University Honors College - The Honorable mention
Monday
03/11/19

Fall 2019 Honors Seminars

Posted by Tim on March 11, 2019 in Academics, Honors Seminars

ASI 400: Service Learning in Buffalo Public Schools
Instructor: Dr. Joe Gardella
Mondays, 3:00 p.m. to 5:50 p.m. | 134C Greiner Hall
TO ENROLL in ASI 400 (CN: 21236): You will add this course to your shopping cart and register for it just as you would your other courses. This is no longer a restricted enrollment, and may count towards your Honors Experience credits, as long as you have not reached the maximum of 9 credits for the Honors Seminar category.

Course Description:                                                                                                                                                                             Throughout the service-learning course you’ll serve as a mentor, tutor middle school students, and support teachers in the Buffalo Public Schools. The work for this course allows you to put your love of your own academic background and commitment to community engagement to work.
Student Experiences:
“It was about making a difference in that moment. About brightening their day for maybe only 40 minutes.”
“Furthered my own understanding of diversity and my leadership abilities.”
“This experience provided me with insight as well as the pure joy of seeing a nine year old smile.”
About the Instructor:                                                                                                                                                                              Joseph A. Gardella, Jr. is the John and Frances Larkin Professor of Chemistry at UB, and has been on the faculty since 1982. He also serves as the Director of the UB/Buffalo Public Schools Interdisciplinary Science and Engineering Partnership (ISEP, isep.buffalo.edu), a National Science Foundation funded program which serves as the basis for collaboration with the Buffalo Public Schools in Science, Technology, Engineering and Mathematics (STEM) education. Professor Gardella’s research interests are in quantitative analysis and surface chemistry, broadly applied to the study of environmental effects at polymer surfaces and tissue engineering with synthetic biomaterials. Besides his research interests, he has long standing interests in curriculum development for scientists and non-scientists. Professor Gardella has been active in program development in undergraduate research, interdisciplinary studies, service learning and other academic reform areas. He was the UB representative during the founding of the Western New York Service Learning Coalition (WNYSLC). He has been recognized locally and nationally for his work in all areas of academic endeavor.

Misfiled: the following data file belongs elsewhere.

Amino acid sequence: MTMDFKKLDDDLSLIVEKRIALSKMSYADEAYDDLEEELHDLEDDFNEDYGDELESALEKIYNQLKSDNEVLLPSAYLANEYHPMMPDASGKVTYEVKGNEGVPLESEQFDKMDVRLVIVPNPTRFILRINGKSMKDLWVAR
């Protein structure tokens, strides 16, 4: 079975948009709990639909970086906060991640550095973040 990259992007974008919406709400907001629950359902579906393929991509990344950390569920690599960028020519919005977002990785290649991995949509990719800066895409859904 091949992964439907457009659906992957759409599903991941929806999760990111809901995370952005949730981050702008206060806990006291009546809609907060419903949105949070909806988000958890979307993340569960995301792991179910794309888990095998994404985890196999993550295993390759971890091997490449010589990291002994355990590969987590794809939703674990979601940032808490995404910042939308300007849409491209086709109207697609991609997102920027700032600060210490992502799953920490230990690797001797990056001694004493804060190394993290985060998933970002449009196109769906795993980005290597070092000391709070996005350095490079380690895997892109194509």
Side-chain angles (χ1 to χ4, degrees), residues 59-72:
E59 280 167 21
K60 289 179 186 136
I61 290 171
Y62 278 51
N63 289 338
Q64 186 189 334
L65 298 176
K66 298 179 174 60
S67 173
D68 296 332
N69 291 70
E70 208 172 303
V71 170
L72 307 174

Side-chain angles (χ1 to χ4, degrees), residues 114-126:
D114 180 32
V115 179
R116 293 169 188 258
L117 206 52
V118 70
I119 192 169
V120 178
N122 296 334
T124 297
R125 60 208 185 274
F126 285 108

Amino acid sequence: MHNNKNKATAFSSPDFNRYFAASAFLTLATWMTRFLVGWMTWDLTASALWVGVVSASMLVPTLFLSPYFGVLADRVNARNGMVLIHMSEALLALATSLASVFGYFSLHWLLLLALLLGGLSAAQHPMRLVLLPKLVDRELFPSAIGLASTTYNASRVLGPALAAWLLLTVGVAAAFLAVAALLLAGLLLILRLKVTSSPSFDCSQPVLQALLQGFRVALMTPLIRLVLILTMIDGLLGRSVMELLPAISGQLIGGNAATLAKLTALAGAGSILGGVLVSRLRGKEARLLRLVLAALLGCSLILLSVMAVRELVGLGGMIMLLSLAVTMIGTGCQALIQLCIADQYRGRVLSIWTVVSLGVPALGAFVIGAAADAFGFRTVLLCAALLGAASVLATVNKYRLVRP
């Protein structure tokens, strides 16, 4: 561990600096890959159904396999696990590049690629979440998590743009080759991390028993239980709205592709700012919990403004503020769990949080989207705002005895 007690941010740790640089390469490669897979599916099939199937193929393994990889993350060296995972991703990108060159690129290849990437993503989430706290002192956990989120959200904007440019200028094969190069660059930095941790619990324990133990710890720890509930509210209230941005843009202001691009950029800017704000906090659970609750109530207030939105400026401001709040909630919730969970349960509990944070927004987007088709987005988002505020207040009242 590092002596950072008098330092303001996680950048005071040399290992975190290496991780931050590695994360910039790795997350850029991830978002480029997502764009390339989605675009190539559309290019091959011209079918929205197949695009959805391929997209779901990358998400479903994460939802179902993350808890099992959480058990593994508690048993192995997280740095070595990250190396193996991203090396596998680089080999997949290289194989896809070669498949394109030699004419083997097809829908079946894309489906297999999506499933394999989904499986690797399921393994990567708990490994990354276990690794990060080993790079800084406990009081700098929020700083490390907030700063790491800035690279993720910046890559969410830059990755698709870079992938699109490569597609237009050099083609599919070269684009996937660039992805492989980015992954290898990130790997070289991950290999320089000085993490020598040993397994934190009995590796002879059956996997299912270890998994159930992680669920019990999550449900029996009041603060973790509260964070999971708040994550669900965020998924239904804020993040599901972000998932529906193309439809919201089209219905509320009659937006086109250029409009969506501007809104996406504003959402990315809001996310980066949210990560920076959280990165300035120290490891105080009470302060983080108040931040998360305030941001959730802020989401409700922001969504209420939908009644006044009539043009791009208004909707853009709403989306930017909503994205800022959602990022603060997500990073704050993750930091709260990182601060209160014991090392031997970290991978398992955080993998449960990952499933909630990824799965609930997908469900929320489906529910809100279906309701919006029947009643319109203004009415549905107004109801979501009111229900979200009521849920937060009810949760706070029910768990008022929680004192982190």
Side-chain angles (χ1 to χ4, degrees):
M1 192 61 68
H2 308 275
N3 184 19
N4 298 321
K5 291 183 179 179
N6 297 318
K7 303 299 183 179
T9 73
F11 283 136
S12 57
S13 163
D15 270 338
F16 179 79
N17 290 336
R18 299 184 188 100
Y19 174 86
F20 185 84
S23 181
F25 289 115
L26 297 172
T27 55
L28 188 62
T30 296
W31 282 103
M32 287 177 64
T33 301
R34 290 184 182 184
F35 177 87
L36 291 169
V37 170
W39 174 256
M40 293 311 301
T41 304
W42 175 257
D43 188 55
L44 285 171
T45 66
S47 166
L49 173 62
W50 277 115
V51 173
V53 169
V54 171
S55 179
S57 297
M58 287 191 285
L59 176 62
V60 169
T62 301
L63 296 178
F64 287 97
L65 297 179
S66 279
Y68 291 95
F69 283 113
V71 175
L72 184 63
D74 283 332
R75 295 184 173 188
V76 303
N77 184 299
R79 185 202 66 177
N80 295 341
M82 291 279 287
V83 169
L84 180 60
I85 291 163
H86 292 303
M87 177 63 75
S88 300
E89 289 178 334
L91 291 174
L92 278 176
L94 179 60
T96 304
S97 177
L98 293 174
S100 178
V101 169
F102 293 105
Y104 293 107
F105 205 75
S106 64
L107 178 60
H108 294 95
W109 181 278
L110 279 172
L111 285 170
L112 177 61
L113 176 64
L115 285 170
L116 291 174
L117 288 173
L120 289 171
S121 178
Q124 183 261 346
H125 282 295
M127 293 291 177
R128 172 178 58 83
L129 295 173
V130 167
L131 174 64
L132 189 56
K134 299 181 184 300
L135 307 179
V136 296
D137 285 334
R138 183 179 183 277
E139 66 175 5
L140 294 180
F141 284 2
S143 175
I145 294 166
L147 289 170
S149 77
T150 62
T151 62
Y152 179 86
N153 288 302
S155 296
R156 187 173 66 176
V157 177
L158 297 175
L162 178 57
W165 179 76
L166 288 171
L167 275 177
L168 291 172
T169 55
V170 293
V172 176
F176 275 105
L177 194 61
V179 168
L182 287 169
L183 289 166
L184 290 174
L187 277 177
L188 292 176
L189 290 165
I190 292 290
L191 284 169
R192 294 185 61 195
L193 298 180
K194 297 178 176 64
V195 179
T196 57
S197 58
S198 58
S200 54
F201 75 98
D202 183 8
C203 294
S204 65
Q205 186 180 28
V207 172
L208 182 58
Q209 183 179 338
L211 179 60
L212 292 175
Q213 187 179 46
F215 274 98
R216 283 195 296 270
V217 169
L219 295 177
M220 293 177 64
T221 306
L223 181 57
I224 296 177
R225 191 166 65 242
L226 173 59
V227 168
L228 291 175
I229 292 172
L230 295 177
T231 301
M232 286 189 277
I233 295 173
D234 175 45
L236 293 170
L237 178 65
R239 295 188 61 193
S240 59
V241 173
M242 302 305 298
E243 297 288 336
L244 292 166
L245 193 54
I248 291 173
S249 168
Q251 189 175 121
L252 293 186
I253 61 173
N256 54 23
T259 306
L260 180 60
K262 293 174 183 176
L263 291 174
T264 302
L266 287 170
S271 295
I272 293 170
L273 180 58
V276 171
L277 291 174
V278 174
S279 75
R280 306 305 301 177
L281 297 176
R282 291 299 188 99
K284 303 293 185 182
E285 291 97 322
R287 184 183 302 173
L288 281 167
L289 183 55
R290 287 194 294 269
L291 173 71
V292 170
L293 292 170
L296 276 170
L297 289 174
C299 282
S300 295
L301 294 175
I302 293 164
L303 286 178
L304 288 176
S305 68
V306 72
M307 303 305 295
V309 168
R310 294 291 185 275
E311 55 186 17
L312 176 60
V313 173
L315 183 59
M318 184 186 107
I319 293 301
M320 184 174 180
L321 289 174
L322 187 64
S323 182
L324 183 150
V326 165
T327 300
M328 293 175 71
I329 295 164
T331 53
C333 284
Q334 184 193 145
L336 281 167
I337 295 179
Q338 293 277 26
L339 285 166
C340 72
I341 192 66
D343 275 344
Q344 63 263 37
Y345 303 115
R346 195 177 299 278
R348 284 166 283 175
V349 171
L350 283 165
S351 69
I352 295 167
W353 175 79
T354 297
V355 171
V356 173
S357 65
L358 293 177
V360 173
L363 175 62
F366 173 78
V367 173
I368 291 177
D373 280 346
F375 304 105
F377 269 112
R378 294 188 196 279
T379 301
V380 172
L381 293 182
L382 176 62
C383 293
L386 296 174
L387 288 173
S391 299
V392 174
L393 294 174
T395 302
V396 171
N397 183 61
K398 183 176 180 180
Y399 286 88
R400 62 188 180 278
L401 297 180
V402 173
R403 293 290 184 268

HIS 419: Should I Stay or Should I Go?: “Home” and the Politics of Place in the African Diaspora
Instructor: Professor Dalia Muller
Mondays, 4:00 p.m. to 6:40 p.m. | 108 Capen
TO ENROLL in HIS 419 (CN: 24181): You will add this course to your shopping cart and register for it just as you would your other courses. This is no longer a restricted enrollment, and may count towards your Honors Experience credits, as long as you have not reached the maximum of 9 credits for the Honors Seminar category.

Course Description:                                                                                                                                                                                      This course explores place-making and place-taking as forms of resistance among afro-descendants in the Americas from the 1500s to the present. People of African descent resisted forced displacement, enslavement, dehumanization, exploitation, discrimination and exclusion through flight, as well as through diverse forms of radical stasis. But to “stay” or to “go” was in many senses a false choice, as peoples of African descent found themselves besieged regardless of their decision to move or to stay put. Freedom, dignity and equality remained (and to a degree continue to be) elusive.

In this class, we will explore examples of flight (including maroonage, migration and repatriation), and examples of staying-in-place (such as affirmations of citizenship/belonging, rights-claiming and strategic assimilation). However, we will also explore examples of responses that map less neatly onto a resistance/assimilation continuum, or that reject the continuum altogether. Faced with the choice to stay or go, some afro-descendants chose something akin to “hovering.”

That is, they chose to stay but refused the demands and the terms of assimilation. In this class, we will examine “hovering” as a form of resistance that has not been adequately explored by historians of the African diaspora and that has the potential to reveal to us elements of Afro-Diasporic liberatory thought that have yet to be recognized.

This is a research-intensive course that is framed around one central project to which all students will contribute. Each student will be responsible for a major research contribution in the form of a 25-page paper, which will be subjected to peer critique. All papers will then be brought together in the form of a “book.” Class members will work together to title and organize the volume, as well as to write an introduction to the collected works. This course is appropriate for graduate students and advanced undergraduates, especially those writing or preparing to write senior theses on related topics. However, all students excited about the subject matter and eager to participate in a rigorous course are welcome!